S.S. Legacy

In Late May of 2016 my wife and I sailed on the S,S. Legacy on the Columbia and Snake River itinerary.  It was titled the Lewis and Clark – “Legacy of Discovery” and covered the Expeditions route on their final push to the Pacific Ocean.  The cruise was in no way as punishing as the Expedition encountered and was in fact a very pleasant way to see what is a most amazing contrast of different scenery and conditions as you cruise through the many gorges and locks which raise the ship over 700 feet as you sail through the green mountains to arrive at the desert, east of in Lewisville.

Our cruise had an extremely knowledgeable guide who travelled on all the shore excursion tours (all tours being included) with the passengers and besides being very well versed on the Expedition he also had enlightening snippets of historical facts and artifacts to help bring alive the condition and difficulties the Lewis and Clark Corps of Discovery team had to deal with on what was basically the same route we were following.

Life on-board the S.S. Legacy offers an expedition cruising experience unlike any other: a soft adventure style of cruise that highlights the wildlife, beauty, history


and culture of a particular region. This style of cruising is comparable to the paddlewheel-style of cruising that flourishes on U.S. rivers and is perfect for those looking for an intimate, low-activity adventure, heavy on history and enrichment and the S.S. Legacy has succeeds in offering just that.

There is no casino, lido deck with swimming pool or round-the-clock buffet. Passengers create their own entertainment, which isn’t hard to do, considering the ship’s capacity. Passengers quickly make friends, and a cruise can start to feel like a family reunion. There are two hot tubs and some work out equipment as well as some pleasant quite areas on deck where passengers can pass the time watching the impressive scenery go by, reading or organizing their many photo images on their ipads.

Back on board from an afternoon of sight-seeing or whatever usually meant a stop in the lounge for happy hour where hors d’ouvres are set out and the cocktails circulate. (Bear in mind that the ship offers and open bar policy for 24/7 and there are virtually no restriction on what and how much is consumed).

Meals become almost a ritual with many passengers staking their claim to the tables that have the best views.  All meals (except “early riser’s breakfast” – served in the lounge) are served in the dining room which is open seating, which also makes for closer acquaintances or a way to easily carry conversations from the lounge to the dining room. Not having to choose an assigned seating time or feel obligated to sit with the same tablemates is definitely a highlight on this ship, as is the food, which almost always includes fresh regional options and something to cater to dieters.The service is just as pleasing. The crew are generally a hardworking, pleasant team of young professional hospitality types who always have a smile and are willing to make the effort to ensure each passenger feels they are in some way special.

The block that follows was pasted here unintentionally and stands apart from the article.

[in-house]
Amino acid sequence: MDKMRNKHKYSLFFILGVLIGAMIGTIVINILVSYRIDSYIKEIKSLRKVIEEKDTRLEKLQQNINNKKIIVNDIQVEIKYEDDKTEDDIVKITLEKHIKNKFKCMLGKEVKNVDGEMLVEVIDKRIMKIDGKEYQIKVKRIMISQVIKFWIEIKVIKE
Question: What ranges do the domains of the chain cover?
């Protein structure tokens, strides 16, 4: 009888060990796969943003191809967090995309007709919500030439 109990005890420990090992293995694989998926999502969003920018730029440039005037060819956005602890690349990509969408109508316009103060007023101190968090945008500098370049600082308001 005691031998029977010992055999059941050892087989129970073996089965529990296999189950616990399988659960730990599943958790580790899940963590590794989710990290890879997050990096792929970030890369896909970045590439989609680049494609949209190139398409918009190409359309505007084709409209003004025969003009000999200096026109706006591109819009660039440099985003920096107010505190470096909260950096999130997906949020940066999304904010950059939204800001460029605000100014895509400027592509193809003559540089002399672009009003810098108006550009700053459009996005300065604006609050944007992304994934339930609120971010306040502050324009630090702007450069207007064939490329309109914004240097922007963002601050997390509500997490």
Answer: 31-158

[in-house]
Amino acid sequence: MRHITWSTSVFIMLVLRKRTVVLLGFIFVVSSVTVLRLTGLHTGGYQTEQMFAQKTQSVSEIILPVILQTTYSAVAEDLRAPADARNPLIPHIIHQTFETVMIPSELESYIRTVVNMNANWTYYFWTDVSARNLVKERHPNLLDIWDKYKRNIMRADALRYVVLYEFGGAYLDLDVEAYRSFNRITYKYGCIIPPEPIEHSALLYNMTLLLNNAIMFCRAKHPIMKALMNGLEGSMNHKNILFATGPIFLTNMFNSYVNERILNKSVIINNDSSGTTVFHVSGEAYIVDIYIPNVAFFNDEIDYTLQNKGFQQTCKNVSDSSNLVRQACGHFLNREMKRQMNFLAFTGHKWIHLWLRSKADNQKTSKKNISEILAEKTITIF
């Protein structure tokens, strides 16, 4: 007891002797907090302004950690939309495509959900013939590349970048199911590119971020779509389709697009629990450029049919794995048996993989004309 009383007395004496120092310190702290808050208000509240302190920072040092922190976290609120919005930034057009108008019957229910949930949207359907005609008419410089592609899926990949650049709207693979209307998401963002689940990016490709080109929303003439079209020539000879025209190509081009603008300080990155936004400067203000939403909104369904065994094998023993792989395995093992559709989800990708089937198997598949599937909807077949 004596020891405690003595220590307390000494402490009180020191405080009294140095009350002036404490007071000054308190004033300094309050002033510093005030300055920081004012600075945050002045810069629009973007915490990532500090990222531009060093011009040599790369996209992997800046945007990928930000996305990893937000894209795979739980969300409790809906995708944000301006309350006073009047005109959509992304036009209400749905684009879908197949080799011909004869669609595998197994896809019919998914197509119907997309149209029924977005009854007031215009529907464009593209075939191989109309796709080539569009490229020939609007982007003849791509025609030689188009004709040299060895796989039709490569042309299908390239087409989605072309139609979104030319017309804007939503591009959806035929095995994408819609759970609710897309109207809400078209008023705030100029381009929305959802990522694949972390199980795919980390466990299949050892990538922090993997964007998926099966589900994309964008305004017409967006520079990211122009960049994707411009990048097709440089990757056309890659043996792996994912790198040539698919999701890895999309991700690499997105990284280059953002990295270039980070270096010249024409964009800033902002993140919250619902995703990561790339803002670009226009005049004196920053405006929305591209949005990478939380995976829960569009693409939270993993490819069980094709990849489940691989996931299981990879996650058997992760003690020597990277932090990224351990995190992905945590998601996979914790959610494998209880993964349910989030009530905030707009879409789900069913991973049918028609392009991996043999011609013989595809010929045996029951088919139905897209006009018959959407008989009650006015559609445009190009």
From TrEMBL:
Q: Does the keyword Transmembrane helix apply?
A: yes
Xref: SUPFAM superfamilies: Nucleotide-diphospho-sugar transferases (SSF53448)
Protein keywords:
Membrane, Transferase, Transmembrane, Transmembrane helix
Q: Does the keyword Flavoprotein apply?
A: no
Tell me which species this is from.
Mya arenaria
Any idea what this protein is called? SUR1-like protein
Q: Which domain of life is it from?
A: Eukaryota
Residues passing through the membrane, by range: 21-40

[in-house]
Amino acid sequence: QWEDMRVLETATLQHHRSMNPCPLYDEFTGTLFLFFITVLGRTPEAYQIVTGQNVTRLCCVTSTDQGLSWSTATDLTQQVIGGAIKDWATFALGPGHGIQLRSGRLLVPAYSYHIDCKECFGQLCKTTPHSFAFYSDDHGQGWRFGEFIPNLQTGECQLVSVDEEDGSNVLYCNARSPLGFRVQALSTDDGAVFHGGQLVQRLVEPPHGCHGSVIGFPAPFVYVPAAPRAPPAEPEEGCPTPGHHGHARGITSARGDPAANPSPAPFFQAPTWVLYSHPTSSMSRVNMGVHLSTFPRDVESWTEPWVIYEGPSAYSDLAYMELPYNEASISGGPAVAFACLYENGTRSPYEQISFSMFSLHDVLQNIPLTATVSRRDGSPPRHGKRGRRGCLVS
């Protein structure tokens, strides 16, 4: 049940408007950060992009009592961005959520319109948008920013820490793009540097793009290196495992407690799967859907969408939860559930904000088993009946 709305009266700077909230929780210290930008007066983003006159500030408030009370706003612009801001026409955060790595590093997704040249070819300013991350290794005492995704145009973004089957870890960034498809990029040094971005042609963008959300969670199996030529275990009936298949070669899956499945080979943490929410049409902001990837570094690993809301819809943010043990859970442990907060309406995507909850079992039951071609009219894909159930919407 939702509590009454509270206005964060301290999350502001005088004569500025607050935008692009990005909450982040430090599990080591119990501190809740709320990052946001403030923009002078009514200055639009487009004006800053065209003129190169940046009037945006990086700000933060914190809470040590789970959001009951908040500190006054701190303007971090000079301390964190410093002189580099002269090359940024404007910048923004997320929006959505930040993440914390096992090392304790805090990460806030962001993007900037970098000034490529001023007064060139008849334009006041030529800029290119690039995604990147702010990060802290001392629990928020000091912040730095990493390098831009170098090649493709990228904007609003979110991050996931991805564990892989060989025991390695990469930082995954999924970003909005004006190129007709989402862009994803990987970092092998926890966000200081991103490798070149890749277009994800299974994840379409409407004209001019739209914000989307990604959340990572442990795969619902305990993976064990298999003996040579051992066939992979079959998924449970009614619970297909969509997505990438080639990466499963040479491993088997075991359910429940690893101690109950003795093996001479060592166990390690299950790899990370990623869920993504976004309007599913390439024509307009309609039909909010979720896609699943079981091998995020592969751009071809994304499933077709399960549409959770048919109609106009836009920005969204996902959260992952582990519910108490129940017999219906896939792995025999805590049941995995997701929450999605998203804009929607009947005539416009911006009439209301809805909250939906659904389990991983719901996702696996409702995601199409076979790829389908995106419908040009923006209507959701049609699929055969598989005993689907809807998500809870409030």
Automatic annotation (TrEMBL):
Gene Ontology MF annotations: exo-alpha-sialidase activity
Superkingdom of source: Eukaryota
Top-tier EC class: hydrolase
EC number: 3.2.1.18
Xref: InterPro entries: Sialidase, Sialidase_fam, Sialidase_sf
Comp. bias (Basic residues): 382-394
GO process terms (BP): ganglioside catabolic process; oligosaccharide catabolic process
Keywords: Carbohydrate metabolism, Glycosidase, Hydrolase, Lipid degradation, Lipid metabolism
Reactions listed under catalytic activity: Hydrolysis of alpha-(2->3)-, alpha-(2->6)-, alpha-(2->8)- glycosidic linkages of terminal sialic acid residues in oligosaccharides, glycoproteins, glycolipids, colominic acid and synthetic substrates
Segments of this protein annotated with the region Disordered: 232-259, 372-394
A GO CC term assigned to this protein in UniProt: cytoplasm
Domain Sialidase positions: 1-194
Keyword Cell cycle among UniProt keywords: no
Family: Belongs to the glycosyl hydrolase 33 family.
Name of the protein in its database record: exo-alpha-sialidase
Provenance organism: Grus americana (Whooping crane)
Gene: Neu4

Un-Cruise Adventures purchased the 88-passenger ship and transformed it into an expedition ship reminiscent of a turn-of-the-century coastal steamer.  S.S. Legacy looks and feels more like an old Victorian vessel than what one might envision from a standard expedition ship. During its extensive makeover, the ship was given a new life while preserving details like the original layout of the dining room. There’s a quaint, old-timey feel throughout; you’ll see it in details such as the Western decor of the Pesky Ballroom saloon.

S.S. Legacy has sailed Alaska itineraries, but it primarily sails on the Columbia and Snake rivers in the Pacific Northwest which was the itinerary my wife Carol and I sailed.
Cruises include all food, alcoholic beverages, excursions and enrichment, plus one massage, only gratuities are additional and range from 7 to 10% of the cruise price. The ship is a smallish vessel of around 200 ft in length, staterooms vary in size from category to category as one would expect on a small ship mechanical noise can be a problem particularly if your stateroom is in forward end of the ship.

S.S. Legacy Dress Code was something we struggled with as the weather on this route can be and is so changeable, cool and damp once the ship leaves Portland and hot when she is in Lewisville.  Casual is the key however, with layers being the answer.  Because of the ship’s presence in the Northwest, where rain and cool temperatures are common. The atmosphere onboard is relaxed; passengers typically head to dinner in something similar to what they wore on their excursions. You’ll see a lot of long pants, rain jackets, hiking boots and hats.  There are no formal nights; in fact, passengers are encouraged to dress down at times. There is a captain’s dinner at the end of every cruise in which passengers have the option to break out the one nice sweater they packed, but are not required to do so.

For Worldwide’s clientele – the S.S. Legacy would best be utilized as a small expedition charter ship option.  Carrying just 88 passengers and doing interesting itineraries she would be attractive to those looking for a soft adventure experience within the United States.

This report was prepared by James Castle on May 24, 2016. The views expressed as solely those of the author and not necessarily those of WWTCA.